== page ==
Submitted to: National Cotton Council Beltwide Cotton Conference
Publication Type: Proceedings
Publication Acceptance Date: 1/5/2004
Publication Date: 5/1/2004
Citation: Tewolde, H., Sistani, K.R., Rowe, D.E. 2004. Broiler litter as a complete nutrient source for cotton [abstract]. National Cotton Council Beltwide Cotton Conference Proceedings. p. 2551-2556.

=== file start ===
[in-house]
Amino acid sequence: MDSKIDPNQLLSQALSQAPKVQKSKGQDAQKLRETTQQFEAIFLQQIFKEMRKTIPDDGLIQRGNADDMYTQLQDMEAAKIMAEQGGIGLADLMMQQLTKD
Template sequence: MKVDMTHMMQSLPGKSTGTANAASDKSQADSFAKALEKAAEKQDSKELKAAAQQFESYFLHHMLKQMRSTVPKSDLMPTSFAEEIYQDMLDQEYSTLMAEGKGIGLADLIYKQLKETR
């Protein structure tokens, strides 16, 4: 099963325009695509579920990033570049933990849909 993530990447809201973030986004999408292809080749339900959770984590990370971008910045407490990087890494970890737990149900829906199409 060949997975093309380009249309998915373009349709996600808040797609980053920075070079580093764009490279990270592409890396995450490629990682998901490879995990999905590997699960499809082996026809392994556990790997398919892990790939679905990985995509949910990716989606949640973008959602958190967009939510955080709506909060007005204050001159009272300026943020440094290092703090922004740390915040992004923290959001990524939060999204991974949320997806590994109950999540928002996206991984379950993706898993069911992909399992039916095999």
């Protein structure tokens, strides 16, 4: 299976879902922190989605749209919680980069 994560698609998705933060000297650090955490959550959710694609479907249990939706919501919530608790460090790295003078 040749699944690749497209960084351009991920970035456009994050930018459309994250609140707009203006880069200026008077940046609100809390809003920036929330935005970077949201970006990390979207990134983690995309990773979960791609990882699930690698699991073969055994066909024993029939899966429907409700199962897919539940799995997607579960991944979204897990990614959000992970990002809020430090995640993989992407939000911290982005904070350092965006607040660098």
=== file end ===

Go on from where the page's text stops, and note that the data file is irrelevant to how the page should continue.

Technical Abstract: The ability of poultry litter to support plant growth by supplying essential nutrients in the absence of other sources of the nutrients has not been studied thoroughly. The objective of this research was to determine the ability of broiler litter, as the sole nutrient source, in meeting the mineral nutrient needs of cotton and supporting plant growth. Under greenhouse conditions in an inert growing mix, broiler litter apparently supplied sufficient mineral nutrients and supported normal growth of cotton in the absence of other sources of nutrients. Tissue nutrient analysis during early boll development stage showed that the concentration of N, P, K, Mg, Fe, Cu, and Mn in the upper mainstem leaves was within published sufficiency ranges for cotton growth. The concentration of only Ca and Zn in the upper mainstem leaves fell below published sufficiency ranges. Cotton extracted Mg and K with the greatest efficiency (up to 58%) and Cu and Zn with the least efficiency (as low as 1.7%) when litter was the only source of these nutrients. The extraction efficiency of N ranged between 21 and 27%. P was the most poorly extracted macronutrient with only 16% of the total applied P being extracted when 30 g pot-1 litter was applied and only 6% with the higher litter rates. The results of this research show that the broiler litter can supply apparently all essential mineral nutrients to support normal cotton growth in the absence of any significant other nutrient sources. However, the extremely poor extraction efficiency of the micronutrients and that of P indicates that repeated application of broiler litter can lead to undesirable buildup of these nutrients in the soil.